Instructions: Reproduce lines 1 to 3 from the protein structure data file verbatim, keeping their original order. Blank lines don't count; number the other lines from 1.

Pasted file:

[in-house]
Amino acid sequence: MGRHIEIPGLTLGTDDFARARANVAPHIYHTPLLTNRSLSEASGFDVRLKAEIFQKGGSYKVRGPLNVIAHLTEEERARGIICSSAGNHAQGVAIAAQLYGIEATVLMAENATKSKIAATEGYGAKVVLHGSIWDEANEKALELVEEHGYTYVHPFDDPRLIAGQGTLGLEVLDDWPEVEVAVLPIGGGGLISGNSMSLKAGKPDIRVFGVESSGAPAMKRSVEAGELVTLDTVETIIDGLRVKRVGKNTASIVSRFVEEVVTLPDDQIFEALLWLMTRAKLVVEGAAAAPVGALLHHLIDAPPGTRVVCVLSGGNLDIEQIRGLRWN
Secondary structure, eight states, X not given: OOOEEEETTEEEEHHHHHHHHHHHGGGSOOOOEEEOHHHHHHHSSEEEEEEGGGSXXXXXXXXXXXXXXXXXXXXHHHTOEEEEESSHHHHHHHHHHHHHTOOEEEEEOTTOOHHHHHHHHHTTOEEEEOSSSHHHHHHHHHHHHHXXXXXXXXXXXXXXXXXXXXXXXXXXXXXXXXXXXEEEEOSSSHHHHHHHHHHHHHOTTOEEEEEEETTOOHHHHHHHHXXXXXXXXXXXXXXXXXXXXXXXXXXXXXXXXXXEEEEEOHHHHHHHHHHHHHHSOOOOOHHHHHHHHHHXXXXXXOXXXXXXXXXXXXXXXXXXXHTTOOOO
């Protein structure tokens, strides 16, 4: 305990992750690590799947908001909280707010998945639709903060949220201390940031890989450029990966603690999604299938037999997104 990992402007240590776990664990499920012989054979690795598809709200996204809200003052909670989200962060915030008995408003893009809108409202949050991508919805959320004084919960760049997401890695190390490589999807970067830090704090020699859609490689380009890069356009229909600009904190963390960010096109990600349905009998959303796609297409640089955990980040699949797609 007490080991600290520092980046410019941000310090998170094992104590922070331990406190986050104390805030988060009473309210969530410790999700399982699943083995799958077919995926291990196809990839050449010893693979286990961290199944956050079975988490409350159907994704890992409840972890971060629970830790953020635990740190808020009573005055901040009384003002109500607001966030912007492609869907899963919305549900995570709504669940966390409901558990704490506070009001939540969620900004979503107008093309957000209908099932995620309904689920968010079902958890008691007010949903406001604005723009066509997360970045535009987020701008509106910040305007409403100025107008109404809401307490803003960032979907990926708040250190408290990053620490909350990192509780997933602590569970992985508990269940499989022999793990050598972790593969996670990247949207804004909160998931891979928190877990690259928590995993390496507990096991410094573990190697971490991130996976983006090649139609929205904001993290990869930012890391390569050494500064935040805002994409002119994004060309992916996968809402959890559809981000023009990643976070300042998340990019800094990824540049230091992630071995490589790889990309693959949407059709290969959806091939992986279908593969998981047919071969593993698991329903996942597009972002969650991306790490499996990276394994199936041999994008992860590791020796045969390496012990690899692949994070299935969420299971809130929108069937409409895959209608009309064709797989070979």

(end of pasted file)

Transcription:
[in-house]
Amino acid sequence: MGRHIEIPGLTLGTDDFARARANVAPHIYHTPLLTNRSLSEASGFDVRLKAEIFQKGGSYKVRGPLNVIAHLTEEERARGIICSSAGNHAQGVAIAAQLYGIEATVLMAENATKSKIAATEGYGAKVVLHGSIWDEANEKALELVEEHGYTYVHPFDDPRLIAGQGTLGLEVLDDWPEVEVAVLPIGGGGLISGNSMSLKAGKPDIRVFGVESSGAPAMKRSVEAGELVTLDTVETIIDGLRVKRVGKNTASIVSRFVEEVVTLPDDQIFEALLWLMTRAKLVVEGAAAAPVGALLHHLIDAPPGTRVVCVLSGGNLDIEQIRGLRWN
Secondary structure, eight states, X not given: OOOEEEETTEEEEHHHHHHHHHHHGGGSOOOOEEEOHHHHHHHSSEEEEEEGGGSXXXXXXXXXXXXXXXXXXXXHHHTOEEEEESSHHHHHHHHHHHHHTOOEEEEEOTTOOHHHHHHHHHTTOEEEEOSSSHHHHHHHHHHHHHXXXXXXXXXXXXXXXXXXXXXXXXXXXXXXXXXXXEEEEOSSSHHHHHHHHHHHHHOTTOEEEEEEETTOOHHHHHHHHXXXXXXXXXXXXXXXXXXXXXXXXXXXXXXXXXXEEEEEOHHHHHHHHHHHHHHSOOOOOHHHHHHHHHHXXXXXXOXXXXXXXXXXXXXXXXXXXHTTOOOO